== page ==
Kelley said 40 to 50 children showed up for the wrap-up party at her store, which had featured throughout the month a dress-up-like-Waldo photo booth for costumed fun. This year’s Find Waldo Local event, which was the store’s fourth, involved 24 stores, the most they’ve ever had, she said.

Stores donated raffle prizes, including a bluebonnet-themed gift from the Washington County Visitor Center, a dozen cookies from the Funky Art Café, owl notepads and pens from the fancy that! boutique, and a kids’ cooking set from local gift shop The Pomegranate.

Gibran Graham, marketing manager at The Briar Patch [12], a children’s book and toy store in Bangor, Maine, said to drum up that all-essential buzz in the months leading up to the event, he posted pictures throughout the store showing Waldo in different places and situations, and posed Waldo figures with other Candlewick books.

“When July 1 came around, we had some people who came to the store first thing in the morning. In fact, we had one person go through all 25 stores in just a few hours,” said Graham, who is also a city councilman with an interest in the revitalization of Bangor.

Throughout the month, kids, families and even entire summer camps would come into the store and make a day of it, Graham said. The Briar Patch periodically deployed Waldos to walk around town handing out passports and, on weekends, had a costumed Waldo lookalike visit the store, he said. Children showed up to the store’s wrap-up party dressed in full Waldo regalia, where they enjoyed refreshments and activity fun at a Waldo “creation station.”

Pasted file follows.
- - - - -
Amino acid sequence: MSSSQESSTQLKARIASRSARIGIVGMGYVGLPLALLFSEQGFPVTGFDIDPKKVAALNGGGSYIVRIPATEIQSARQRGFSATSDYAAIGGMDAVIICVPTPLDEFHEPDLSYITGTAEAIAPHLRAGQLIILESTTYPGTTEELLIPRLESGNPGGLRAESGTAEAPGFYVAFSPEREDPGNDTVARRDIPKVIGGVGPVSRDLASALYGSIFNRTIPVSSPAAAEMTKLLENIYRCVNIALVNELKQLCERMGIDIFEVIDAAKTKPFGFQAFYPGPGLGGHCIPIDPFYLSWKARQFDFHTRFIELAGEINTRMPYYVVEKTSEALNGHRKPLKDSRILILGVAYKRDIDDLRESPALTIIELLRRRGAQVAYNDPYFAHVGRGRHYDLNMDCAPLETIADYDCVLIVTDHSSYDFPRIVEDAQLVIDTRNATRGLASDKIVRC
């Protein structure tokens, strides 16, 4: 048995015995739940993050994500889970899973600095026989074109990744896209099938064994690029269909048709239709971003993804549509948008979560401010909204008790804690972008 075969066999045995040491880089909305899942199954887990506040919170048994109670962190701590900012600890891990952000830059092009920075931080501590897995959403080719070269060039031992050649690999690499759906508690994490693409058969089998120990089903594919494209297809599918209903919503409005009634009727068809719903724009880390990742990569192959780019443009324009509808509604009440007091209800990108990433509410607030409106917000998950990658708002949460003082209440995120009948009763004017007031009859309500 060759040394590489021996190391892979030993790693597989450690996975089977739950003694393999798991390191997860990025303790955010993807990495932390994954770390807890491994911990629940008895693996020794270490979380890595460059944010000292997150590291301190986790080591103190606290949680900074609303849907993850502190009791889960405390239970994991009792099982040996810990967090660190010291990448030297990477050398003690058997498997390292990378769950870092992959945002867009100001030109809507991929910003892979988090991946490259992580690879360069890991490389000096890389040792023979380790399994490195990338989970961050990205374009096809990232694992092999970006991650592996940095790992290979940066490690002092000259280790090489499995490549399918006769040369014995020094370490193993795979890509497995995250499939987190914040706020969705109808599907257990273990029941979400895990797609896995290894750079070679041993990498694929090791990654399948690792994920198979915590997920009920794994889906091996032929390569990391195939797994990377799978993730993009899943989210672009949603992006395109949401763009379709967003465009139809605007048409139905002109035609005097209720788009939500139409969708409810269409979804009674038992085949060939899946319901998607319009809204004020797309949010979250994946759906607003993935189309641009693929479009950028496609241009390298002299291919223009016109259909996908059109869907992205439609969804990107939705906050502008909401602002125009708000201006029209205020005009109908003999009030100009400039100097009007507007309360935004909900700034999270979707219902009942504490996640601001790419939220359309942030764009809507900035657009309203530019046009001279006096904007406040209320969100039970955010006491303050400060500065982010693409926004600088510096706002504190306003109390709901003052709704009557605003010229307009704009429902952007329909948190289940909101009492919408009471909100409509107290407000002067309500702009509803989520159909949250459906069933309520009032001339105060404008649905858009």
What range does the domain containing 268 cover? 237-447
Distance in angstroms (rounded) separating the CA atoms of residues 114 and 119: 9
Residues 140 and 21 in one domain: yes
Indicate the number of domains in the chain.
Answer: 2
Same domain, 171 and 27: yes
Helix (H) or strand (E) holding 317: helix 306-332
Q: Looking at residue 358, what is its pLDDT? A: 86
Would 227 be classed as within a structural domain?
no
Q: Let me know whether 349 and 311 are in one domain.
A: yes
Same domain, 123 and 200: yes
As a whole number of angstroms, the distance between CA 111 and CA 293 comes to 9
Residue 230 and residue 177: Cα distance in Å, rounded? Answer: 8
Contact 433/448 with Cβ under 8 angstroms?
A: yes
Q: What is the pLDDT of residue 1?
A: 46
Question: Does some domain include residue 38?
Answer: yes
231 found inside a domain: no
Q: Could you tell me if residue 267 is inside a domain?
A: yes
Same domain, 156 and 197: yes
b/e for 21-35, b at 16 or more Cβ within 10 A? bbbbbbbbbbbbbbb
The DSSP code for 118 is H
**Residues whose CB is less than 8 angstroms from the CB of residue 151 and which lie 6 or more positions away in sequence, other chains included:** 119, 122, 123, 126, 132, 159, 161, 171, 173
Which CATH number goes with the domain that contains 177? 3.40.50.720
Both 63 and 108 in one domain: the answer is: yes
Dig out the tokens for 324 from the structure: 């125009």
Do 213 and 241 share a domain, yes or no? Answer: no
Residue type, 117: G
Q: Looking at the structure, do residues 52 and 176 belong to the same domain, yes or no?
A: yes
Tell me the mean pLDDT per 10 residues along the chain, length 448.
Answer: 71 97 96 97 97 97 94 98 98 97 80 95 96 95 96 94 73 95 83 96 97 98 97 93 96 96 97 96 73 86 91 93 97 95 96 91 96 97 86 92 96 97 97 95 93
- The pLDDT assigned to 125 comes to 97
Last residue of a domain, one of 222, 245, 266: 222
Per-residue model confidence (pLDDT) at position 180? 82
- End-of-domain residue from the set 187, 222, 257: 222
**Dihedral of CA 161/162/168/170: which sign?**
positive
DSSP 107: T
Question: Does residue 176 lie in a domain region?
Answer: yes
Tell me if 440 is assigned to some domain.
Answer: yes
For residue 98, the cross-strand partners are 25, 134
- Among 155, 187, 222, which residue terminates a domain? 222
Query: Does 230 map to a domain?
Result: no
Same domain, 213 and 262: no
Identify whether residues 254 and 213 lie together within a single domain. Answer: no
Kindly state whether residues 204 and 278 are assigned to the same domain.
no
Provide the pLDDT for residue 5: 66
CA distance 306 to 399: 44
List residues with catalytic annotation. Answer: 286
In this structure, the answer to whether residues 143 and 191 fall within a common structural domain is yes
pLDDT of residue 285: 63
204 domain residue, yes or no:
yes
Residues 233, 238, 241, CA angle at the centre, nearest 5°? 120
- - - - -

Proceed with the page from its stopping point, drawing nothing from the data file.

Laura Hill, co-owner of Reading Rock Books [13] in Dickson, Tennessee, which celebrates its seventh anniversary this month, said that the positive reaction from other local stores is one big reason they continue to do Find Waldo Local every year.                  

“Many of the other store owners said they saw so many people who had never been in their stores before. [Find Waldo Local] is just such a community-building thing,” said Hill, who has previously served on the board of directors of her town’s chamber of commerce. “It’s great when a bunch of small businesses can come together and share customers like that. It’s so helpful.”  

Jesica DeHart, book buyer and Find Waldo Local organizer at BookPeople of Moscow [14] in Moscow, Idaho, said this is the store’s fourth year doing the event. In its first year the store got about 100 people to come to its Waldo wrap-up party, but almost 300 people attended this year’s.

“I think one of the really tremendous things about [Waldo] is that it has just really endeared us into the hearts of the Moscow community, but also the Pullman community,” DeHart said, since BookPeople serves both the University of Idaho community in Moscow and the Washington State University community in Pullman, Washington. This year, people were only allowed a raffle ticket if they visited stores in each town, so businesses in both loved that, DeHart said; some even sent thank-you notes to the store.

“The absolute support of the local businesses has been huge,” DeHart said. “I think the gratitude and appreciation we got for putting something like this on in July was just amazing.”